Now, here's another really important point. I want you to have these 4 complications in mind.
When we talk about the worst case scenario when a patient has COPD, these are 4 of the
worst case scenarios that you'll see. With chronic obstructive pulmonary disease, the patient
is going to have pulmonary hypertension. That means the arterial blood pressure in the
pulmonary arteries is going to be extra high. So remember arteries take blood away from the
heart so those pulmonary arteries are coming from the right atrium, tricuspid valve, right
ventricle. Then those pulmonary arteries are taking blood over to the lungs. When that is
elevated, that's going to really mess up the rest of the system. Cor pulmonale means cor
means heart, pulmonale means lungs so that means the heart's in trouble and it's the lungs'
fault. Remember that pulmonary hypertension we just talked about. Well, when that is elevated
arterial pressures, now the right side of the heart is having to work extra extra hard because
all the blood pressure in the lungs is elevated. So it's having to really overcompensate to take
that blood that comes from right atrium, tricuspid, right ventricle over to the lungs. Now this
workload is significantly increased. So the right ventricle will do the same thing that the left
ventricle does when the systemic blood pressure is high. Now the right ventricle, because the
blood pressure in the lung is high, it will start to get bigger to try to compensate. Initially,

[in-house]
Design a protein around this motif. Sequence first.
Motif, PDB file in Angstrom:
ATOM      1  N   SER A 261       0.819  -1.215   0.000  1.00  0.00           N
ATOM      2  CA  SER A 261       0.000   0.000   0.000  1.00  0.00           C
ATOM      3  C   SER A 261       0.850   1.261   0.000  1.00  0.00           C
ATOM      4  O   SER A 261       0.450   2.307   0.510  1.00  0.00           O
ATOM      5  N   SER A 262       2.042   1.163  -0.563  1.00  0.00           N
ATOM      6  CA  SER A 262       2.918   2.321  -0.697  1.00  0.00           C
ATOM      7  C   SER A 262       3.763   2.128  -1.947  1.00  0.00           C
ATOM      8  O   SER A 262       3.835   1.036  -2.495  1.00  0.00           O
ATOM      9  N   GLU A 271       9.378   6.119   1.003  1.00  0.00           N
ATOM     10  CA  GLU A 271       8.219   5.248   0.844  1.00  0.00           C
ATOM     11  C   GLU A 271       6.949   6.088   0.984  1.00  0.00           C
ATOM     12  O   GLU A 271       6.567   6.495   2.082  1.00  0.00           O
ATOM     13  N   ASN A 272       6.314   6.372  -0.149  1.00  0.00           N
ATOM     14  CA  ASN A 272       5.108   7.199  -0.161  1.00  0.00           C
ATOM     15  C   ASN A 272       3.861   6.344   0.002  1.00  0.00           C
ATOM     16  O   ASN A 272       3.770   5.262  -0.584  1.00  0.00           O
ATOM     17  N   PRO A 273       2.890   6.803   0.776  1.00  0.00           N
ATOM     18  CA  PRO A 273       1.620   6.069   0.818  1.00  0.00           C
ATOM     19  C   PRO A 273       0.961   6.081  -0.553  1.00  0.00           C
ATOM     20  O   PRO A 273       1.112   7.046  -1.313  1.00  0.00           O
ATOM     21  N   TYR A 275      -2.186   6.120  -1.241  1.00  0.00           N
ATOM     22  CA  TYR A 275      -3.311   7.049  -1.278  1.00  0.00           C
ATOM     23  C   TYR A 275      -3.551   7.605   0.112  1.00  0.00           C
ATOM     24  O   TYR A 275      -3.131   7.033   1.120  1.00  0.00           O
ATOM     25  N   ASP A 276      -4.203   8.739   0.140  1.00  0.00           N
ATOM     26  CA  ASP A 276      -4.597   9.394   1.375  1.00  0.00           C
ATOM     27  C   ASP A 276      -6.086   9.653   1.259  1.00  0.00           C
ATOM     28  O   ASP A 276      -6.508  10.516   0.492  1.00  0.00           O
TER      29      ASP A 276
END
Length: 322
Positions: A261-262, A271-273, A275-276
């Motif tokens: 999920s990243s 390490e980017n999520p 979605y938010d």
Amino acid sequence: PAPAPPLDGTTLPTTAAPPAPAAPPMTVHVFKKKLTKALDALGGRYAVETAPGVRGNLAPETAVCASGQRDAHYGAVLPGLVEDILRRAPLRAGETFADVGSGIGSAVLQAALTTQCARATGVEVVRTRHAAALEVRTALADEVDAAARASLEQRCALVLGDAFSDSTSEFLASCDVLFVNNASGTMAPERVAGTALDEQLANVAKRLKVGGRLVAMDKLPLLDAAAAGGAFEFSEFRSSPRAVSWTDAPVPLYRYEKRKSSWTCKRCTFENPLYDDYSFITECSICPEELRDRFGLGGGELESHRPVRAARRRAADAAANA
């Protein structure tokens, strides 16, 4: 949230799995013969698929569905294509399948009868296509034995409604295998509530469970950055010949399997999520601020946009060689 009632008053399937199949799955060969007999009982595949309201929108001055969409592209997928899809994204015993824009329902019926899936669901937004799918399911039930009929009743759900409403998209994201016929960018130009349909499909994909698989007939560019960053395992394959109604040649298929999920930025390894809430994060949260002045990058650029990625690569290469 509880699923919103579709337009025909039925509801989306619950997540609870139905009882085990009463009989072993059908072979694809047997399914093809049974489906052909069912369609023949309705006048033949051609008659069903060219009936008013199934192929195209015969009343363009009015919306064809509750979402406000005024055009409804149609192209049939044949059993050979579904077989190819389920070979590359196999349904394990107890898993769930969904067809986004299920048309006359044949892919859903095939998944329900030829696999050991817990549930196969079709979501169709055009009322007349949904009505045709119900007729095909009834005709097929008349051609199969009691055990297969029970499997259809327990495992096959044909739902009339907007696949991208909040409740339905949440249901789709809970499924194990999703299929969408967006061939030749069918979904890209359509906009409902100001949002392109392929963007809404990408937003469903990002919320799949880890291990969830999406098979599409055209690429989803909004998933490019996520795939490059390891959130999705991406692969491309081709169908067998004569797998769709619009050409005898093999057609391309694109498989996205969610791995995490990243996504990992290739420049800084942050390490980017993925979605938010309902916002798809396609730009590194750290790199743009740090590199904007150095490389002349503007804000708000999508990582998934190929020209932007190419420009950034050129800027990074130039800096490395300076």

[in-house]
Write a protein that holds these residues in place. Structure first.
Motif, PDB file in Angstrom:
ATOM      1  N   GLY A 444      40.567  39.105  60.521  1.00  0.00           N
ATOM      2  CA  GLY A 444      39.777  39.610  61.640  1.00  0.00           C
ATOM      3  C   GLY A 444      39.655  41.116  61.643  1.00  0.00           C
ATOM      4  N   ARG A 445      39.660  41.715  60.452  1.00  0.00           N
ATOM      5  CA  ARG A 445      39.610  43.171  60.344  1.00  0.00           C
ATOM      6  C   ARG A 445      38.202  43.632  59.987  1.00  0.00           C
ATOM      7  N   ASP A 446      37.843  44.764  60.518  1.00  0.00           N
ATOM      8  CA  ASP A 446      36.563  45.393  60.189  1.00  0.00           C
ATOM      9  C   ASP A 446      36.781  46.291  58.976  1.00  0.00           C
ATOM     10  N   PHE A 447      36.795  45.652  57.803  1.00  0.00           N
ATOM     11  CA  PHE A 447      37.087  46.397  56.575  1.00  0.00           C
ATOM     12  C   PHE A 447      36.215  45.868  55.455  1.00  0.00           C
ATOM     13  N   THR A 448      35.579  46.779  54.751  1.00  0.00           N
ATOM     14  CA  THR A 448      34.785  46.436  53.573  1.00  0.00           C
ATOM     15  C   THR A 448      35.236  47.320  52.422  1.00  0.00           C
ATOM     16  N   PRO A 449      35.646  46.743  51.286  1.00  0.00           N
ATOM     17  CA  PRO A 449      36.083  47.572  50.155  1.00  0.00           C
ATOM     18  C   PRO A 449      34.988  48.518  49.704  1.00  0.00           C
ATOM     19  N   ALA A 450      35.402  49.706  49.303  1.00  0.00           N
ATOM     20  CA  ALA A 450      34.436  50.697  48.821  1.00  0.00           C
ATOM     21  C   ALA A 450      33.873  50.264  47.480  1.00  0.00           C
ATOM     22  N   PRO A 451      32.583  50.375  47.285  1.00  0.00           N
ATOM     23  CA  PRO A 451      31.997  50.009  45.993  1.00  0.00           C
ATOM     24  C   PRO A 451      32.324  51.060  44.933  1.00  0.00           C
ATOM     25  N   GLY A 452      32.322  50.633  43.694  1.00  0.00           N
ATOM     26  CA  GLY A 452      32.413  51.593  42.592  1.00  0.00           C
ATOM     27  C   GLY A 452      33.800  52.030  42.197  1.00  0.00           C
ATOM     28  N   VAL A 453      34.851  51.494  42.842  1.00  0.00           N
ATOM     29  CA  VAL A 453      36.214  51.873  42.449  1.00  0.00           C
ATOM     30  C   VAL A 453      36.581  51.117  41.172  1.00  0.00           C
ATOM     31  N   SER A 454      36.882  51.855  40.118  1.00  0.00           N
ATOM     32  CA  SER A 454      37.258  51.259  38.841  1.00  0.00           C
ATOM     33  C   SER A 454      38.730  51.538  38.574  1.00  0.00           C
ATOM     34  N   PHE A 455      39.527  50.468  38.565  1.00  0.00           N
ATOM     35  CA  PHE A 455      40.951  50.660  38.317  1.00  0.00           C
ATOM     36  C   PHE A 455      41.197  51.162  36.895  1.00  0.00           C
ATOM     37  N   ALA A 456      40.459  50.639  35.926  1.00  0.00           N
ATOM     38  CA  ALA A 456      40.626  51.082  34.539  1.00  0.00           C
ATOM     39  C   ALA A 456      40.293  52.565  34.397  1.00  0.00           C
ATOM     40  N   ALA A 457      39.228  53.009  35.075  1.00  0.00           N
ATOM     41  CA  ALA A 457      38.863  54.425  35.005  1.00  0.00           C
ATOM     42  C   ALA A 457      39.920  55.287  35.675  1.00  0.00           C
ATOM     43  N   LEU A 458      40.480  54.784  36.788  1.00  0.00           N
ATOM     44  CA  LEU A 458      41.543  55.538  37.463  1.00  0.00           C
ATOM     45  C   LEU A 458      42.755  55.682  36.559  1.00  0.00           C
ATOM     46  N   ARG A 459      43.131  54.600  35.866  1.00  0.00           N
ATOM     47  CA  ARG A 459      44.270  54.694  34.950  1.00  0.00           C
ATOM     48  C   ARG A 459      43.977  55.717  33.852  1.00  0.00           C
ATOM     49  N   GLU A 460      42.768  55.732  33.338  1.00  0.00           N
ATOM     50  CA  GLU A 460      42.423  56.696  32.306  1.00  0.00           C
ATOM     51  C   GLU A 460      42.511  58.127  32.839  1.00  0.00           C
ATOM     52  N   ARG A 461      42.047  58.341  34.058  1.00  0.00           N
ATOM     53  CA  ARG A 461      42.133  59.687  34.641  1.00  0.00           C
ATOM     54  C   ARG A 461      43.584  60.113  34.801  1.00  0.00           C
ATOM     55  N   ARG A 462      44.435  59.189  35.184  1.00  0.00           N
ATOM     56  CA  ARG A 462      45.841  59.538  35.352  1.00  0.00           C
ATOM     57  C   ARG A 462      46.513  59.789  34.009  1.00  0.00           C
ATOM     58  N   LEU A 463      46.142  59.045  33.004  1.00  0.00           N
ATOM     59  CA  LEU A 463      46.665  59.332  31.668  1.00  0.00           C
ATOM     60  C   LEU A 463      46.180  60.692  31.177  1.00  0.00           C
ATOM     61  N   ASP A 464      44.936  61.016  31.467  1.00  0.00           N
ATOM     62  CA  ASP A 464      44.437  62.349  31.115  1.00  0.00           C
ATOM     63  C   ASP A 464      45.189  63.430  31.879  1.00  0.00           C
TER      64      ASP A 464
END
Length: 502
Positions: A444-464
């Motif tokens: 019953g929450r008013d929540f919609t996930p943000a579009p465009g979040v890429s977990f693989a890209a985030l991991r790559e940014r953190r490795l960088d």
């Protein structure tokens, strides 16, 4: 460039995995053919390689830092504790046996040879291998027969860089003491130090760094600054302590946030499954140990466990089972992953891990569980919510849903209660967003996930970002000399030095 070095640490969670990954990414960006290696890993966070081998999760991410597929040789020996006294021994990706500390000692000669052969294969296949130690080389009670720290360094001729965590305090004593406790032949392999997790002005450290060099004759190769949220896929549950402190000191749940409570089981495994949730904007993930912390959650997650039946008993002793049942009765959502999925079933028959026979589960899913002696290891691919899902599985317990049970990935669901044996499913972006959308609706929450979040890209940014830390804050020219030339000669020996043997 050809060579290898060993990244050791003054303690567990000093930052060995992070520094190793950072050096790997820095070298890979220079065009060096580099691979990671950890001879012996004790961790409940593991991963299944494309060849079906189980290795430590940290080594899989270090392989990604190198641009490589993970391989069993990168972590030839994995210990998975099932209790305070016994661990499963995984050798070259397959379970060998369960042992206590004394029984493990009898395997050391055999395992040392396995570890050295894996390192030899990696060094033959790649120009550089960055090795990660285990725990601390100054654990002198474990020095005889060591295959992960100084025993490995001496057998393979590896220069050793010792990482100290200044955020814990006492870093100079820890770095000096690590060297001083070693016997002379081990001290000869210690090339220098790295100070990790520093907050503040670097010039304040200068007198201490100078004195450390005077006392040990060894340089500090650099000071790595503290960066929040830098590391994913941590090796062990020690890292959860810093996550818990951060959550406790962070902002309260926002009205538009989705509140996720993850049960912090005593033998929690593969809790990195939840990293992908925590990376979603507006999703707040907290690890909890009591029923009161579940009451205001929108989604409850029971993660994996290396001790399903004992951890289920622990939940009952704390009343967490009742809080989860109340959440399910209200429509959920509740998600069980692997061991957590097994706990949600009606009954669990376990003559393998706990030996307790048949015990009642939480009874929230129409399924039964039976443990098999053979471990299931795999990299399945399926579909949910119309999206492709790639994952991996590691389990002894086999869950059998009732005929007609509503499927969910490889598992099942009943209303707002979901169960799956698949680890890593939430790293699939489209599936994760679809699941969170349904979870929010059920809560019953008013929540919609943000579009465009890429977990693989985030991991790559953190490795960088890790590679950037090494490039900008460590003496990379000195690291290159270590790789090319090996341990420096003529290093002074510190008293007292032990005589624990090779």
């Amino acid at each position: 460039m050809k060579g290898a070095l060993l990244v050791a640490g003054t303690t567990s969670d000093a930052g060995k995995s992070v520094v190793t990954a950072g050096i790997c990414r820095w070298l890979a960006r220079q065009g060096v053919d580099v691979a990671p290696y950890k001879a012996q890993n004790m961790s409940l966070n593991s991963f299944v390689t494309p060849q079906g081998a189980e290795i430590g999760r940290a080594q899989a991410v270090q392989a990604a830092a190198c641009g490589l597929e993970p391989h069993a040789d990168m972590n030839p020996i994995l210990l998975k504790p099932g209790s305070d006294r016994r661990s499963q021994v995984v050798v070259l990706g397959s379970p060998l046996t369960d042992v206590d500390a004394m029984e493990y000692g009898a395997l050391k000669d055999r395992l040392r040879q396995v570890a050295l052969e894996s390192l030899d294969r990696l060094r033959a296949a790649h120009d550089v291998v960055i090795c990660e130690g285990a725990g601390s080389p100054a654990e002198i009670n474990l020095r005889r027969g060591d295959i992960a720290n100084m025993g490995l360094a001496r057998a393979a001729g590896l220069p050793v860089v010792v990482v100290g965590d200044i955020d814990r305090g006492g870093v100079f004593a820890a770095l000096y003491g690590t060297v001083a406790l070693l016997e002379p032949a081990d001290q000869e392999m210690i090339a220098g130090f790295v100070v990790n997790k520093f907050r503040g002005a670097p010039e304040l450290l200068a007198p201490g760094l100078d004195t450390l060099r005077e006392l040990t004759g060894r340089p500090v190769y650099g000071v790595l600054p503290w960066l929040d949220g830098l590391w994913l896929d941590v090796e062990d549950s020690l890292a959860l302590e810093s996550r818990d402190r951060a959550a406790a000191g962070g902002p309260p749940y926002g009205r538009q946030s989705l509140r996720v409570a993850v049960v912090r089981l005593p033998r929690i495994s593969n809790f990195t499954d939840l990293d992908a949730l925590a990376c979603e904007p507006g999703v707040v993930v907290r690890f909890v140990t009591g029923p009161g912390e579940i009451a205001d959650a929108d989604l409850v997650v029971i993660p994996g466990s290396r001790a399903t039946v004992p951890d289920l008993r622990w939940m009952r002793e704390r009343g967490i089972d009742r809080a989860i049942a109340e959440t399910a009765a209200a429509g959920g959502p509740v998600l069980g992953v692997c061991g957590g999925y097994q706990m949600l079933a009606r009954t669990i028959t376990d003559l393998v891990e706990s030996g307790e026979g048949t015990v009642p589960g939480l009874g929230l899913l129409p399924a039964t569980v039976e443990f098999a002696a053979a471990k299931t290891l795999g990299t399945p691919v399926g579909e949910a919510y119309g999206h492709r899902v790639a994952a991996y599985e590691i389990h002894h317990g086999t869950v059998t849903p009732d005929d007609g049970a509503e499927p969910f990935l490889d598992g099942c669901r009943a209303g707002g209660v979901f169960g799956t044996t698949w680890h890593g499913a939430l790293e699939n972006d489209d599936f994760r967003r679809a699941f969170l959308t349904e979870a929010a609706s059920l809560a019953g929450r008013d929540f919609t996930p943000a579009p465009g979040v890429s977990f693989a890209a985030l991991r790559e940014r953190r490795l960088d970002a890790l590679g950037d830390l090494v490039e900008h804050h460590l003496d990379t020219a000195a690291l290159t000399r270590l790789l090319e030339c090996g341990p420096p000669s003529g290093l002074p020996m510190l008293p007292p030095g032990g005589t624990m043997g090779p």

that's helpful but if this goes on too long that right wall is going to get thick and just as
ineffective as the left ventricle does when you have systemic high blood pressure. So, cor
pulmonale means right-sided heart failure because of the lung, meaning the lung pressures
were elevated. Now when I have right-sided pressure, everything is going to back up. Right?
So right ventricle, up to the tricuspid, right atrium out through the rest of the body. So if a
patient has specifically right-sided congestive heart failure, they're going to feel like their
liver is going to get kind of bloaty and yucky and they're not going to feel good when they
eat, you're going to have issues with jugular vein distension. This one will look really big and
bounding. You're also going to have edema, peripheral edema will be noted. So, think of
everything backing up on the right side, jugular vein distension, liver is going to get kind of
full, you're going to end up with feeling not good afterwards and we have some real issues
with the blood supply and the liver and you're going to have pulmonary edema. Those are all
signs of cor pulmonale. So make sure you pause for just a second and if I ask you the question
"Why does COPD cause right-sided heart failure?" See if you can talk through the answer.
Okay, welcome back. Good job thinking through that answer on your own. Now the last 2, a
little bit similar, they're going to have recurrent respiratory infections and they are at
increased risk for chronic respiratory failure. Remember respiratory failure is you're not able
to supply the body with enough oxygen that it needs or even get rid of enough carbon dioxide.
So, neither one is a good deal. So, all excellent nurses know these are 4 possible late stage
complications of COPD. Be on the lookout for the signs and symptoms of these late stage